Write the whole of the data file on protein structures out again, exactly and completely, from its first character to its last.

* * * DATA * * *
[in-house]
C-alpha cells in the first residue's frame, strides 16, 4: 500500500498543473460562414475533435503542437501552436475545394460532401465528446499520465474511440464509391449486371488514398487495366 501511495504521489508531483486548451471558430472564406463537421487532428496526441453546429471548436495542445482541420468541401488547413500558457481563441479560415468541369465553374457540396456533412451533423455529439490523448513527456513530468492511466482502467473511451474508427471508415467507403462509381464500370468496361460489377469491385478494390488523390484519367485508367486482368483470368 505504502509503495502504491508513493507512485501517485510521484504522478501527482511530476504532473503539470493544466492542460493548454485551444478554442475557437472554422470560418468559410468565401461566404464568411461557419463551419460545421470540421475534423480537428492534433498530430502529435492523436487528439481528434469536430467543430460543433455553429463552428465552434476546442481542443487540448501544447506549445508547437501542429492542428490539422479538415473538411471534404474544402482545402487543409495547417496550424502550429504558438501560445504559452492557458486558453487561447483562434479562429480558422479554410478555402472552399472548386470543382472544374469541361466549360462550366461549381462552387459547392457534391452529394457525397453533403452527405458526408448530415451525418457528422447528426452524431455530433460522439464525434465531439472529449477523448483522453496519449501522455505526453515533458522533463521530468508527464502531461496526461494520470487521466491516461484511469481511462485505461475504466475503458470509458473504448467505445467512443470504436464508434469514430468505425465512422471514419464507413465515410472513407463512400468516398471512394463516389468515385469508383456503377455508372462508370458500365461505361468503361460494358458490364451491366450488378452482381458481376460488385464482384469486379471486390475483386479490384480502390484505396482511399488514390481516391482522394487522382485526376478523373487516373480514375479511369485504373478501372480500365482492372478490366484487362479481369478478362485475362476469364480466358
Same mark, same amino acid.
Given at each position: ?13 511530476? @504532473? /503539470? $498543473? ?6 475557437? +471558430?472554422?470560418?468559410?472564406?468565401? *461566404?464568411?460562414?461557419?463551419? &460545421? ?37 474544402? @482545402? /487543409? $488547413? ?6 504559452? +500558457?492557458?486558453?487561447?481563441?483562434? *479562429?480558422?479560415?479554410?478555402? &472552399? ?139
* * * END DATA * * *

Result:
[in-house]
C-alpha cells in the first residue's frame, strides 16, 4: 500500500498543473460562414475533435503542437501552436475545394460532401465528446499520465474511440464509391449486371488514398487495366 501511495504521489508531483486548451471558430472564406463537421487532428496526441453546429471548436495542445482541420468541401488547413500558457481563441479560415468541369465553374457540396456533412451533423455529439490523448513527456513530468492511466482502467473511451474508427471508415467507403462509381464500370468496361460489377469491385478494390488523390484519367485508367486482368483470368 505504502509503495502504491508513493507512485501517485510521484504522478501527482511530476504532473503539470493544466492542460493548454485551444478554442475557437472554422470560418468559410468565401461566404464568411461557419463551419460545421470540421475534423480537428492534433498530430502529435492523436487528439481528434469536430467543430460543433455553429463552428465552434476546442481542443487540448501544447506549445508547437501542429492542428490539422479538415473538411471534404474544402482545402487543409495547417496550424502550429504558438501560445504559452492557458486558453487561447483562434479562429480558422479554410478555402472552399472548386470543382472544374469541361466549360462550366461549381462552387459547392457534391452529394457525397453533403452527405458526408448530415451525418457528422447528426452524431455530433460522439464525434465531439472529449477523448483522453496519449501522455505526453515533458522533463521530468508527464502531461496526461494520470487521466491516461484511469481511462485505461475504466475503458470509458473504448467505445467512443470504436464508434469514430468505425465512422471514419464507413465515410472513407463512400468516398471512394463516389468515385469508383456503377455508372462508370458500365461505361468503361460494358458490364451491366450488378452482381458481376460488385464482384469486379471486390475483386479490384480502390484505396482511399488514390481516391482522394487522382485526376478523373487516373480514375479511369485504373478501372480500365482492372478490366484487362479481369478478362485475362476469364480466358
Same mark, same amino acid.
Given at each position: ?13 511530476? @504532473? /503539470? $498543473? ?6 475557437? +471558430?472554422?470560418?468559410?472564406?468565401? *461566404?464568411?460562414?461557419?463551419? &460545421? ?37 474544402? @482545402? /487543409? $488547413? ?6 504559452? +500558457?492557458?486558453?487561447?481563441?483562434? *479562429?480558422?479560415?479554410?478555402? &472552399? ?139